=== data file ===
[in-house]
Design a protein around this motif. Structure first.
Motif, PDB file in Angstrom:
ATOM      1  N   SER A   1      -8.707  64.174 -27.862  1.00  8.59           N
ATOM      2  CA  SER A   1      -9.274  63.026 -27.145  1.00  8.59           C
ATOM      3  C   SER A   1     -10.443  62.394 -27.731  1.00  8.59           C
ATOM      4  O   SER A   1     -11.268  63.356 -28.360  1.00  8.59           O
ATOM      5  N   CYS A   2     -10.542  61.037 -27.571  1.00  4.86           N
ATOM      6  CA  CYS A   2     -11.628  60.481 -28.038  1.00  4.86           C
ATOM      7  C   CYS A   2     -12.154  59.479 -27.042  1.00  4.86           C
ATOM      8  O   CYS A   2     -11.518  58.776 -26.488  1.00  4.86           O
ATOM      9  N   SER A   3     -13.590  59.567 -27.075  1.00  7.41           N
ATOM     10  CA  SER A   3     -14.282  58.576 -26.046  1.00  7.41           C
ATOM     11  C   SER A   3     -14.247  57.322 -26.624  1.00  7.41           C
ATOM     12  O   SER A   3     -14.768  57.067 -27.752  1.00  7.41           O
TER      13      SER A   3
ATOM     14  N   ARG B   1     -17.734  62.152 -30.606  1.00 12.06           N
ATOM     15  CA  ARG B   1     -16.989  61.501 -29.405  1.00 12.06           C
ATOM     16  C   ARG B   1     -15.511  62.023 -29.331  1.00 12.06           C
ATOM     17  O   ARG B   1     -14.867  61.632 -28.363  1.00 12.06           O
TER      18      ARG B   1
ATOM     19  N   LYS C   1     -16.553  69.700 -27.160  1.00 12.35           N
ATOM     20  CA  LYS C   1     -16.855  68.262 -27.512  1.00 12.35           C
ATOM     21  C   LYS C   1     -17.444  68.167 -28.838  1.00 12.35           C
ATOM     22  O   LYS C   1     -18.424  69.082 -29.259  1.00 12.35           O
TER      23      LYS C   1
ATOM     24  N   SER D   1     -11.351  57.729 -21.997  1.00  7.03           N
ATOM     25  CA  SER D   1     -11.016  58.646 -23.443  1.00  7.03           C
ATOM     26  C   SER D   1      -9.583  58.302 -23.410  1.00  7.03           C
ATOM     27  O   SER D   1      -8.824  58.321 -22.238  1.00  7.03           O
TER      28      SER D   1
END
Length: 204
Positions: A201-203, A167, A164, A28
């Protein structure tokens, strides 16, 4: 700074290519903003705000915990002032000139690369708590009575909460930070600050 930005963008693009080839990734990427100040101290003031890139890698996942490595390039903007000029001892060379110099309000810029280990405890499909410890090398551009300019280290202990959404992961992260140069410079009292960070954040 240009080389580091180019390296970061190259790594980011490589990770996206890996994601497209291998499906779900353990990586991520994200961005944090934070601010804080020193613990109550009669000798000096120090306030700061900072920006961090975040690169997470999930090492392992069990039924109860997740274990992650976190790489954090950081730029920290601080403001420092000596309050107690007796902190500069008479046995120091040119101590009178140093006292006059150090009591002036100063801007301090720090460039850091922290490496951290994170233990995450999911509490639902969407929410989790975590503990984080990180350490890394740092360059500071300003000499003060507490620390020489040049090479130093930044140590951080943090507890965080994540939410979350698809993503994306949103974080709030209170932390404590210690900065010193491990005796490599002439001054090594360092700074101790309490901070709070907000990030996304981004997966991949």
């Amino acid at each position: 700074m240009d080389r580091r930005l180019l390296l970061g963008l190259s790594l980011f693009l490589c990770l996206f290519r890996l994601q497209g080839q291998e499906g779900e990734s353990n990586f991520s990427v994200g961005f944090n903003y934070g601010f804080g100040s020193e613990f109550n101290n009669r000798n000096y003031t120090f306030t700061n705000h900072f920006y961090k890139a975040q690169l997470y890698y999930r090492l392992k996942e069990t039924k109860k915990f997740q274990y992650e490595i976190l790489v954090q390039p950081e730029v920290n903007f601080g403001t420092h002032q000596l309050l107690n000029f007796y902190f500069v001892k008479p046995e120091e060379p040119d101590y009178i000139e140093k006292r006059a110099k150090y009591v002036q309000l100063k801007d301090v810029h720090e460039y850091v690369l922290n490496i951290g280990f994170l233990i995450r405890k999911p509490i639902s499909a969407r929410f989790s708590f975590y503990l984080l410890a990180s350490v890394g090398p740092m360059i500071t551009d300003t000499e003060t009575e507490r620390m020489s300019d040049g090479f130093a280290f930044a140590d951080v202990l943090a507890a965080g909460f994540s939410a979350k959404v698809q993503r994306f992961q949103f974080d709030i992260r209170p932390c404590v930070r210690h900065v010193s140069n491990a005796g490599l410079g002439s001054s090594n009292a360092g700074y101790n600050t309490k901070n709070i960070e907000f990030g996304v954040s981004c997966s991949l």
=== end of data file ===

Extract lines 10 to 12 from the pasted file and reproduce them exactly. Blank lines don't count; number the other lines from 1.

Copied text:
ATOM      7  C   CYS A   2     -12.154  59.479 -27.042  1.00  4.86           C
ATOM      8  O   CYS A   2     -11.518  58.776 -26.488  1.00  4.86           O
ATOM      9  N   SER A   3     -13.590  59.567 -27.075  1.00  7.41           N